LONGMONT - With the concussion of two police "flash-bang" grenades, dozens of emergency responders went into action at the Boulder County Fairgrounds on Thursday morning.
The drill, dubbed "Operation Liberate," was designed to test how well firefighters, police, paramedics and hazardous materials teams from agencies across Boulder County and northern Colorado would cooperate and communicate amid the use of a weapon of mass destruction.
"This exercise is to test their training about how to respond to an unknown situation," said Longmont police Cmdr. Tim Lewis, who helped coordinate the event.
Although the responders who participated in the training didn't know what they were facing at first, they quickly pieced together the nightmare scenario: A bomb containing sarin gas -- a chemical nerve agent that has previously been used in terrorist attacks -- exploded among a political rally at the fairgrounds.
After a Longmont officer patrolling the event called in the first explosions and carried out a mock victim on his shoulders, dozens of first responders began arriving and assessing the situation.
Teams included the Longmont Police Department, the Boulder County Sheriff's Office, the Boulder Fire Department, the Longmont Fire Department, Boulder Rural Fire, AMR ambulances, Boulder Mountain Fire, Boulder County Public Health, the North Metro Hazardous Materials Team and the Colorado State Patrol.
Gil Struck, a captain for the Boulder Fire Department, was sent to the fairgrounds' exhibit building to deal with casualties and hazardous materials.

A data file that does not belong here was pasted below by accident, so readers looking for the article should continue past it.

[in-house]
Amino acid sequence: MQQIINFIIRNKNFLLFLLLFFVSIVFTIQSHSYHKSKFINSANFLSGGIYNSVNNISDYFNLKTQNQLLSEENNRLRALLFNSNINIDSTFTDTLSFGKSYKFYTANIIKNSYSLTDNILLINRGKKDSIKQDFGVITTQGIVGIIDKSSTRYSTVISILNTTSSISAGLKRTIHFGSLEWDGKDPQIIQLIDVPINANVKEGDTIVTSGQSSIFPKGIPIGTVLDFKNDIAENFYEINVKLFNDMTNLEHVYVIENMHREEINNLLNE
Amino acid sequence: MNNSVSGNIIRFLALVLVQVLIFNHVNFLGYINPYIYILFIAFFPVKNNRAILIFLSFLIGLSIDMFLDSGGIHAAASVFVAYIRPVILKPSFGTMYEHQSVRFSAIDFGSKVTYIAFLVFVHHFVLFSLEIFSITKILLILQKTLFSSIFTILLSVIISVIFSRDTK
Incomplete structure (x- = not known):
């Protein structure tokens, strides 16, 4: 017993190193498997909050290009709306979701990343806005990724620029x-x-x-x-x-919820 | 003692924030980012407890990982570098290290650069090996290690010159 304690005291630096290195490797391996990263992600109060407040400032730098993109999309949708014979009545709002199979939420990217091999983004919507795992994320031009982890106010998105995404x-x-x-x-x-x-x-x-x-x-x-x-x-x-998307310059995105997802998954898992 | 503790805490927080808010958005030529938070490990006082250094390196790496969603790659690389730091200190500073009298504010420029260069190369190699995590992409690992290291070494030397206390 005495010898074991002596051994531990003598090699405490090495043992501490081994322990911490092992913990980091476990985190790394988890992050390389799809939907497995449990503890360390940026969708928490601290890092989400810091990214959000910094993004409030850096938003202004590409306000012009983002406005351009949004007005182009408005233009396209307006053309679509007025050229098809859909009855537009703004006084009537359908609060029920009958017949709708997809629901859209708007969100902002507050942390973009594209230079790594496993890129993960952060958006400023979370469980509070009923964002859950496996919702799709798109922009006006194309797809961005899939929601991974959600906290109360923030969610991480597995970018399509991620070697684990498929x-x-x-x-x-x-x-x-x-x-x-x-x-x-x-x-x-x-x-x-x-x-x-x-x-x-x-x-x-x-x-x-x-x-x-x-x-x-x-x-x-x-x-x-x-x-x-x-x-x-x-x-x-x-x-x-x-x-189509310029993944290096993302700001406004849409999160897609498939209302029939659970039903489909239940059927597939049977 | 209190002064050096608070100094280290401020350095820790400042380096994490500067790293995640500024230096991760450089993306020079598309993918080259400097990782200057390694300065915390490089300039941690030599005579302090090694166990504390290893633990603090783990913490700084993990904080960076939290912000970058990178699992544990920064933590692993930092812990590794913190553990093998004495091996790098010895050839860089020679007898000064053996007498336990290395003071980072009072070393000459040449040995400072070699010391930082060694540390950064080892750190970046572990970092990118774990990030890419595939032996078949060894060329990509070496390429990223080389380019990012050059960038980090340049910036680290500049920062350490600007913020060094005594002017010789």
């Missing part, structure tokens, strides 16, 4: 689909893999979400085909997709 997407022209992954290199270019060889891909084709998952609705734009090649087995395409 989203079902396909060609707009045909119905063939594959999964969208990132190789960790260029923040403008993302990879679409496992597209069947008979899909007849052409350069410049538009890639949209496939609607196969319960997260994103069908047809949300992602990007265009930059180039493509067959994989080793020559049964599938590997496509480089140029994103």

"It does happen," he said of major disasters. "These type of exercises help us prepare for these large-scale incidents."
Lewis said it took months to design and plan the exercise, which included booby traps for the Boulder County Bomb Squad to deal with, and dozens of volunteers who played the role of victims -- screaming and crying for help from emergency workers clad in gas masks and chemical suits.
"It's not set up for failure, but it's set up to challenge" them, Lewis said.
In all, about 50 first responders participated in the training, using a wide variety of ambulances, fire trucks, patrol cars and decontamination equipment.
Professional evaluators were on site to assess every step that each department took in figuring out what the threat was and how to keep people safe. They will meet in the coming months with department administrators to compile a report about what went right, and what could be improved.
Lewis said a focus of the exercise was how well the different agencies are able to communicate, given the different radio frequencies and command structures of the various departments.
"Each group will grow and learn how to work better," Lewis said. "The best lesson is that everyone can work together effectively and find a solution."